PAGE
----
• US leads military exercises in Ukraine

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    KIEV: US-led military exercises began in Ukraine on Monday as fighting rumbled on in the restive east between government forces and pro-Russian rebels, despite a 10-day-old ceasefire.

    Civilian casualties were reported in heavy shelling around the rebel stronghold of Donetsk in eastern Ukraine on Sunday, with Kiev accusing the separatists of jeopardizing the truce by intensifying attacks against government positions.

    In a show of solidarity for the pro-Western leadership in Kiev, soldiers from 15 nations including the United States began military exercises dubbed “Rapid Trident 14” near the western city of Lviv on Monday, about 620 miles (1,000 kilometers) from the conflict in Donetsk.

    The United States was expected to send around 200 troops, the first such deployment since the pro-Moscow uprising erupted across eastern Ukraine in April.

    Defense Minister Valeriy Geletey said Sunday North Atlantic Treaty Organization (NATO) member states were sending weapons to Ukraine, although this has been previously been denied.

    A NATO official said he could neither confirm nor deny the claim “as any such delivery would be done on a bilateral basis.”

    Ukraine’s new leaders have nevertheless announced they want to begin taking steps to join the Western military alliance, a red line for Kiev’s former Soviet masters in Moscow.

    The conflict in industrial eastern Ukraine has sent ties between Russia and the West plunging to their lowest point since the Cold War and raised the prospect of a wider confrontation on Europe’s eastern flank.

    Concern over truce breaches
    The warring sides signed up to a 12-point ceasefire in the Belarussian capital Minsk on September 5, but there have been reports of violations almost daily.

    President Petro Poroshenko and German Chancellor Angela Merkel “expressed concern” about the breaches in a telephone call late on Sunday, his office said.

    It also said Merkel backed Poroshenko’s plans to introduce legislation in parliament this week, offering limited self-rule for the eastern regions that form the economic backbone of Ukraine, a key provision of the truce.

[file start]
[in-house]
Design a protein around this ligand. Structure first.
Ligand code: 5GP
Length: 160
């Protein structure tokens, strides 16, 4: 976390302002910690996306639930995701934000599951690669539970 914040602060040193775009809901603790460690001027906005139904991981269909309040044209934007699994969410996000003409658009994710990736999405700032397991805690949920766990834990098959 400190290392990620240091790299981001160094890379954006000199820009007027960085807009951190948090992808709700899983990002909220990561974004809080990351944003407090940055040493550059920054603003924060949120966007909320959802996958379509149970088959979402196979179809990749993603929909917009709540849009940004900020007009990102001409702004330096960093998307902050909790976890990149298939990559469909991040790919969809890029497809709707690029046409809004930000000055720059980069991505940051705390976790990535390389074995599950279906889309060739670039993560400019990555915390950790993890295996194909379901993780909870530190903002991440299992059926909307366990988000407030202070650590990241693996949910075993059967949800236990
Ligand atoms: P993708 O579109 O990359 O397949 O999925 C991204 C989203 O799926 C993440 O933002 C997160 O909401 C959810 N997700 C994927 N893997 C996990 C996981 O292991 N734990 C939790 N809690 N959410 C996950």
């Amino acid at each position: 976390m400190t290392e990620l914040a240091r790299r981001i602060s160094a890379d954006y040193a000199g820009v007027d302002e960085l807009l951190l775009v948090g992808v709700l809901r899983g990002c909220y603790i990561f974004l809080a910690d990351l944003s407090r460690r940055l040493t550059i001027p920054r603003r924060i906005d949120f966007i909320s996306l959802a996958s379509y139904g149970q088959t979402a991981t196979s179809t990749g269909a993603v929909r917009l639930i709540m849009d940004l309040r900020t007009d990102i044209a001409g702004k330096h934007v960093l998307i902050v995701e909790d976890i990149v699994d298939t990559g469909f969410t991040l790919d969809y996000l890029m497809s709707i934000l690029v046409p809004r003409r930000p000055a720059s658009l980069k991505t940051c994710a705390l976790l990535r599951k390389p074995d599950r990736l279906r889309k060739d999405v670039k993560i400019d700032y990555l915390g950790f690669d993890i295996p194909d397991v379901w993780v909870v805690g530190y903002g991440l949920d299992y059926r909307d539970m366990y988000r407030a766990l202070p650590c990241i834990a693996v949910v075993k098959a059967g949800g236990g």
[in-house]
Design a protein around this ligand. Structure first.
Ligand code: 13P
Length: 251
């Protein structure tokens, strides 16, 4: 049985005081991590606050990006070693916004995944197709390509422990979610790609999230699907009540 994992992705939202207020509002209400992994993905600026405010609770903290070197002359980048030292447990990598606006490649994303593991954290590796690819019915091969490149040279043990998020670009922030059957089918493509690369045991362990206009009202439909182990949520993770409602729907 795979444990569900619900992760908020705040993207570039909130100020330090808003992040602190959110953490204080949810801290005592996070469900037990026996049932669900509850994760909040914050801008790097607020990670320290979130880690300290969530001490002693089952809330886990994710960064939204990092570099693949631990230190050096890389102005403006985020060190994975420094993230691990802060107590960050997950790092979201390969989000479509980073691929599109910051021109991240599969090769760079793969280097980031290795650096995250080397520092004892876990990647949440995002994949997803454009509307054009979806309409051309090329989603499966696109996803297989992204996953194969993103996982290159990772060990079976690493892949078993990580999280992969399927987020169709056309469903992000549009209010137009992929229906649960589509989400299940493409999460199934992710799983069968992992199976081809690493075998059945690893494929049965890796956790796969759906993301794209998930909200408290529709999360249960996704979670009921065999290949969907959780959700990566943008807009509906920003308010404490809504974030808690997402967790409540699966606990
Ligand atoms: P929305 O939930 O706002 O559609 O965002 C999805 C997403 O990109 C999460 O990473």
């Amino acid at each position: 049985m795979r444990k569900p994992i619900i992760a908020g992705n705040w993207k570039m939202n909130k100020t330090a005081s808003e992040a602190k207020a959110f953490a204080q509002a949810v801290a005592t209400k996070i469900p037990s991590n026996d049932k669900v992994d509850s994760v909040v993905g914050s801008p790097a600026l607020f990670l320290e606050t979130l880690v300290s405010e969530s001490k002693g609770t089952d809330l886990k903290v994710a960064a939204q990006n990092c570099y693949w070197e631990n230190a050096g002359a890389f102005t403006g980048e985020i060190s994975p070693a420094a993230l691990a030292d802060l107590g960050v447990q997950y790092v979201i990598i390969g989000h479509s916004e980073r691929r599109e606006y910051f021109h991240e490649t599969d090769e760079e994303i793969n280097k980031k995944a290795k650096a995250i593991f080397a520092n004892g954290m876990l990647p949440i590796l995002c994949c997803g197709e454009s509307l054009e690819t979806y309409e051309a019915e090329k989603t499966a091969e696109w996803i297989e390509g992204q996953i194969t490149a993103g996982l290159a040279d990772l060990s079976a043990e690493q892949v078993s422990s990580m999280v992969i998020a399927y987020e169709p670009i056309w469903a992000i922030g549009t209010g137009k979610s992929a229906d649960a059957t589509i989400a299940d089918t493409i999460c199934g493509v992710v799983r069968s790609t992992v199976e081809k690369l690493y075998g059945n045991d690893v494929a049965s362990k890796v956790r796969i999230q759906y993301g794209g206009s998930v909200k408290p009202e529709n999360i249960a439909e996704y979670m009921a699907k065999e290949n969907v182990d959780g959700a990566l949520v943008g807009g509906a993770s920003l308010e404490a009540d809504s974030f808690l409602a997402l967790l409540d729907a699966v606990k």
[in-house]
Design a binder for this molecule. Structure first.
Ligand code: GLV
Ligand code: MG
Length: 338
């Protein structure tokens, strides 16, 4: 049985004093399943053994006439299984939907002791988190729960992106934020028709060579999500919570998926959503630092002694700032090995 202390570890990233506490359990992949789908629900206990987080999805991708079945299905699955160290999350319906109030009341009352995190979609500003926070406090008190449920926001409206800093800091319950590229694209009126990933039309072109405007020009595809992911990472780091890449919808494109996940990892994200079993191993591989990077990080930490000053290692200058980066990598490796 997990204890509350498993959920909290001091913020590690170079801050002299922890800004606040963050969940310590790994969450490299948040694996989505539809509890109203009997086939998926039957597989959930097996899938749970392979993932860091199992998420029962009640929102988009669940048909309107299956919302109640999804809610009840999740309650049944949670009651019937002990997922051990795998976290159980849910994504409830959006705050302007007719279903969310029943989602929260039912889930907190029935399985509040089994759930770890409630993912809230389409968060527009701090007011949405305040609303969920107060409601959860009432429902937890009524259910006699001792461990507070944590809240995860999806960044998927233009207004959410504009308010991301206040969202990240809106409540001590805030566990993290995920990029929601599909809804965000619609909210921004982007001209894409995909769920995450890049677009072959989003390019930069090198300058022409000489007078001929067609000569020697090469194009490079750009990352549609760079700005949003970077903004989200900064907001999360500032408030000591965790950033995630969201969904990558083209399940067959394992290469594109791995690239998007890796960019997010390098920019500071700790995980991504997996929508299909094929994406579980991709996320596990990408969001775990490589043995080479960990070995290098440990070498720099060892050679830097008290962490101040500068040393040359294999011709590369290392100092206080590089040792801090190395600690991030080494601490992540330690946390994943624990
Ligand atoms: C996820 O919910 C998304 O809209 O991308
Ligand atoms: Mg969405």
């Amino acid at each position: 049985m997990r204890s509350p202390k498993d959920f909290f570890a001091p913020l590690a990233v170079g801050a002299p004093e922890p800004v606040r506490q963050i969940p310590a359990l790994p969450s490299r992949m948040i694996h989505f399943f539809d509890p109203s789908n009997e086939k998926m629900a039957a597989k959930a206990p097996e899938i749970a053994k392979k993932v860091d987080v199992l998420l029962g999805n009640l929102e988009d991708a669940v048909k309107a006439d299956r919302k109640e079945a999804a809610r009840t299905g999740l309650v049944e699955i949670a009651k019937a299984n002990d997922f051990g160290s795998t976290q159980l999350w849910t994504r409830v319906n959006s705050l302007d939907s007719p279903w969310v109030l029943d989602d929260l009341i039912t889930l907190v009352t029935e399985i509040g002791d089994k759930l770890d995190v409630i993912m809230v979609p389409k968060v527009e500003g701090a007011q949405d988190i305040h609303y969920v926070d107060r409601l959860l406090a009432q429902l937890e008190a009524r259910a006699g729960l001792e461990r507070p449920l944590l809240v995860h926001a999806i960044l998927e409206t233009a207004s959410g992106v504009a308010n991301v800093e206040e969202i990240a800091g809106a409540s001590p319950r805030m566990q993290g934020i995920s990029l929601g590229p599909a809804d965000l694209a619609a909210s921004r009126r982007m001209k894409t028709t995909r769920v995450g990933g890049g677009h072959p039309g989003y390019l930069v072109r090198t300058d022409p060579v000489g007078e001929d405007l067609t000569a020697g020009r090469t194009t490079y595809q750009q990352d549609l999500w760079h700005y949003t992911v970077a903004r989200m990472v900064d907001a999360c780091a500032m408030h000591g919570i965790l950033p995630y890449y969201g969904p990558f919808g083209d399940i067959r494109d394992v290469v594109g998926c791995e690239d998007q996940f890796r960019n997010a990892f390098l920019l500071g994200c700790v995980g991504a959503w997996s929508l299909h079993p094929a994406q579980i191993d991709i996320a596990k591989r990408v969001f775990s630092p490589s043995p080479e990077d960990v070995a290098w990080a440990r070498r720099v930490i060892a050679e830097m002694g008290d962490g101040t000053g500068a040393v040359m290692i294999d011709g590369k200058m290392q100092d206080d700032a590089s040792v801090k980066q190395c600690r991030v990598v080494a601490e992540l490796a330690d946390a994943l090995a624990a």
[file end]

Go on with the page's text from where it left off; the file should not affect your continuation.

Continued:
The pan-European security body, the Organization for Security and Cooperation (OSCE), which brokered the accord, said its monitors witnessed shelling in a district of Donetsk on Sunday and that rebels had reported four people killed.

    Donetsk city council also said there had been civilian casualties but gave no further details.

    “The terrorist actions are threatening the realisation of the Ukrainian president’s peace plan,” said Volodymyr Polyovy, a spokesman for the national security and defense council in Kiev.

    He also took aim at comments by two rebel leaders who both signed the truce deal but who declared on Sunday they were mere “observers” at the talks.

    Sunday’s fighting appeared to be heaviest near Donetsk airport where the Ukrainian military said it had driven back an assault by insurgent fighters on Friday.

    But the separatists accused Kiev’s forces of failing to halt fire.

    “From our side, nobody is shooting but they are breaking the rules, everybody in the world knows it,” said a rebel commander defending a checkpoint near a village south of Donetsk.

    The ceasefire is seen as a first step in efforts to draw up a longer term peace deal to end a conflict that has cost more than 2,700 lives and sent at least half a million fleeing battered towns and cities across the east.

    The truce halted a rebel surge across the southeast last month with the alleged support of Russian paratroopers and heavy weaponry, turning the tide against Ukrainian forces.

    NATO and Kiev say at least 1,000 Russian soldiers and possibly many more remain on Ukrainian soil. The Kremlin denies this, although it has said that regular army members taken prisoner in Ukraine were simply lost on the border, while a rebel official said other Russian soldiers had come on “holiday.”

    Prime Minister Arseniy Yatsenyuk echoed deep Western suspicions about Moscow’s ultimate territorial ambitions when he accused President Vladimir Putin on Saturday of seeking to “eliminate” Ukraine as an independent country.

    Poroshenko heads to Wa-shington this week to meet President Barack Obama, seeking to secure a “special status” with the United States as he steers Ukraine further out of Russia’s orbit.

    Obama has rejected direct military involvement but unveiled tougher economic sanctions on Moscow that—together with similar European Union (EU) measures—effectively lock Russia out of Western capital markets and hamstring its crucial oil industry.

    Russian Foreign Minister Sergei Lavrov accused Washington of trying to use the crisis to “break economic ties between the EU and Russia.”

    AFP

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